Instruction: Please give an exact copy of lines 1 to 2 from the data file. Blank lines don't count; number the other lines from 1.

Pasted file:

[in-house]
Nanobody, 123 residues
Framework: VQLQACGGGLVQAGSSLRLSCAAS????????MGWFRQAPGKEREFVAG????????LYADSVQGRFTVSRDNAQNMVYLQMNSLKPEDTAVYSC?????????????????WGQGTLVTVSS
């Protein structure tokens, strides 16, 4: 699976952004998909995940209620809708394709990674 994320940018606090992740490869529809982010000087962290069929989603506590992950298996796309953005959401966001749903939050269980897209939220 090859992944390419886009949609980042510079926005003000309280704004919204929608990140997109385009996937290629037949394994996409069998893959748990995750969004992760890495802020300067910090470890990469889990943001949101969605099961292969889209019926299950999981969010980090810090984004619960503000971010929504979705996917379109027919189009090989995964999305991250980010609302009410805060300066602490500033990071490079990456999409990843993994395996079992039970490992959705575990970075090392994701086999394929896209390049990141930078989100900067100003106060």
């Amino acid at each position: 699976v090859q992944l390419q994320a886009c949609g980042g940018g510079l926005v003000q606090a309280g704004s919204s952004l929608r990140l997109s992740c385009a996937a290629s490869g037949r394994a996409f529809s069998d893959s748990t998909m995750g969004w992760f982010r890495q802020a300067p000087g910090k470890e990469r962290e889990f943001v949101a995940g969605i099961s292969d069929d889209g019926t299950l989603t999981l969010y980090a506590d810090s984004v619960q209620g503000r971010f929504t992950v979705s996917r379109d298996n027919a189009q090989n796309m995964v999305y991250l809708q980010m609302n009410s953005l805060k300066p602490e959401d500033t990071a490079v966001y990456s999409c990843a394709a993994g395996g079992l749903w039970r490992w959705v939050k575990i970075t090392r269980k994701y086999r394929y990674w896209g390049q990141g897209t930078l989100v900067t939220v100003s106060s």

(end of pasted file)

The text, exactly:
[in-house]
Nanobody, 123 residues